Right now I have another community: the adoptive community. When we adopted Eldest, our community was microscopic. Most people didn't get it. We had one set of friends that held our hands throughout the ordeal and I still describe them as dear friends even though we haven't talked since I was pregnant with Frodo (now 8). This go round I have made friends that I can't even tell you where they come from. They GET IT. I find myself wishing I could sit down to tea with them. But I suspect that if we spent much time together, they would let me down. Just because THIS passion we share, it doesn't mean we share them all. But I want to engage in email dialogue, if for not other reason than because I'm sure my IRL friends are sick, sick, SICK TO DEATH of listening to me talk about the details ad nauseum.

I don't even want to talk about the details, to be frank. I want to talk about changing the world. Making a difference.

What does everyone else want to talk about? Christmas shopping. I opened a Walmart add today and wanted to vomit. I kid you not. Physical reaction so strong I'm surprised nothing came up. Don't get me wrong. I want people to come to my next Bead for Life party and Christmas shop until they drop. I like to give a good gift as much as the next guy. But when I think about how much money goes into plastic in packages that will be forgotten by January 6 (particularly by my children) I just wonder what we are thinking. Thank the LORD He is giving me a community of like minded friends in that area as well. And from the most unlikely of sources. But sometimes even they let me down.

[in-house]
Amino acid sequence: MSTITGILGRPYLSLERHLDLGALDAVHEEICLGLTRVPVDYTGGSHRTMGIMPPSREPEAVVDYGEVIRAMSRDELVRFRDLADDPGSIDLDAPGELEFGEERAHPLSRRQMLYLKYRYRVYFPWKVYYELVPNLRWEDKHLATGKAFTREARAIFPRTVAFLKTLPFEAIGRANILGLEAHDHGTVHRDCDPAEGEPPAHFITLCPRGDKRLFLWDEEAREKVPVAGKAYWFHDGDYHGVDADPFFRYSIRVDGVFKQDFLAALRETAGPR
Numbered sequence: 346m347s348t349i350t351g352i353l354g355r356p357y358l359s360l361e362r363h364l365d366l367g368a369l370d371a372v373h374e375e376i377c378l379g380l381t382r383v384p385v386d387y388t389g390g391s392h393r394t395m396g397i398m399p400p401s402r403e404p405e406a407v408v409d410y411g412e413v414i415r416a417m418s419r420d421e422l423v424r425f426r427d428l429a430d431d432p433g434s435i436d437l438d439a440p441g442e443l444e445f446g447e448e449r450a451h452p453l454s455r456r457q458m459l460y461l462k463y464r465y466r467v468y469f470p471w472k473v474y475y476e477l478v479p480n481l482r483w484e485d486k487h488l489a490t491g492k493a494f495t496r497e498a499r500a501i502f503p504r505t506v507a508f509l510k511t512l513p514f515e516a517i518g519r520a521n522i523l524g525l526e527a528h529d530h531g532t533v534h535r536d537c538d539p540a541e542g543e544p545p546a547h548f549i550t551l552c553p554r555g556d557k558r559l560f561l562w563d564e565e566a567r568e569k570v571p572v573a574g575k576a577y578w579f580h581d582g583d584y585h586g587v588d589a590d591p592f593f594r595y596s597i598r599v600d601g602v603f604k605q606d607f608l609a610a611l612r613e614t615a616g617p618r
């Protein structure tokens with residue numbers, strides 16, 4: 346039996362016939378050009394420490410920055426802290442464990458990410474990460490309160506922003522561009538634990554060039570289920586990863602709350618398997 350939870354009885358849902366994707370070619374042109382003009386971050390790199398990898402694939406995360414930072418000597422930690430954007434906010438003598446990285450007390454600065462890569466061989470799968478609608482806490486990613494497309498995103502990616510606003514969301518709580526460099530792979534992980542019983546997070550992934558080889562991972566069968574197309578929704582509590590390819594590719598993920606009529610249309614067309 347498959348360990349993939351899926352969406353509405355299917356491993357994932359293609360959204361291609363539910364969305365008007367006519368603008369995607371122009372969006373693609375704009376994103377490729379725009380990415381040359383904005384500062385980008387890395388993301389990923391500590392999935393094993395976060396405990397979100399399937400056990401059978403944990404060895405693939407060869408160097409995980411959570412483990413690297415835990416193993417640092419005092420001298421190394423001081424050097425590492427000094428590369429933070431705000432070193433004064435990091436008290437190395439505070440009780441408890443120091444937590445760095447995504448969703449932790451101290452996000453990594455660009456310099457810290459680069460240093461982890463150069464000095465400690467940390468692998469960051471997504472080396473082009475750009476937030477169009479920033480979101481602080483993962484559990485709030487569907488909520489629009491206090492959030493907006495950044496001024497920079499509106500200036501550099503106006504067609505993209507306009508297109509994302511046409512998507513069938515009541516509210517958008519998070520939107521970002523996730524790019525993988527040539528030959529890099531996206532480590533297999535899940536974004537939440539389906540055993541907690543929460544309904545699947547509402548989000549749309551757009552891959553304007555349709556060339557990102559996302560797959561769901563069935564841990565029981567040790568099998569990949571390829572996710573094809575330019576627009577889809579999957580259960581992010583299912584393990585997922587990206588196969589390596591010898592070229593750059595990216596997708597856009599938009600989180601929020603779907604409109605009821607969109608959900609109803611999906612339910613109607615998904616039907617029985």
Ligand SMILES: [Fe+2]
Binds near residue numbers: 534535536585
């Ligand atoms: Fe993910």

Right now I want my community to care that children are starving. Am I asking them to adopt? Not exactly. But how about buying them a sheep? Really. Is that too much to ask? $30. Last week I shared a image on facebook of a child's foot and a pair of shoes. For $10, you can provide a child with shoes so they don't get those parasites that make walking painful. But it gets better. Those $10 are paid to a person on the ground in Uganda to make the shoes. It gets even better than that. That $10 buys the supplies to make the shoes from a farmer in Uganda. Total people helped? THREE. (PLUS all their family). I made a comment on the photo, "Who wants shoes for Christmas?" I made a deal with myself that I would buy a pair of shoes in Uganda for EVERYONE who "liked" or commented on that photo. Not a single person. So sad.

Community. Sometimes they let you down.

The only one who won't let you down? Jesus. His people will, but he won't.

But I love my community. My online community. My adoptive community. My writing community. My old church. My new church. My family. My friends. My Bible study girls. My facebook friends. My bloggies. The people from my past life that should hate me for being a prissy bitch and love me and my new self anyway. I love the women I pray with on Tuesday and I love their children. I love that my old scientific mentor is now all in for poverty eradication. I loved him then. I love him now. I love KU. I love HHS. Did bad things happen in both places? YES. But good came out of it. God makes beautiful things out of us. Our fears. Our failures. Our successes. Our peeps. Our community. Even when they let us down.

Thank you for being part of my community. Please forgive me when I let you down.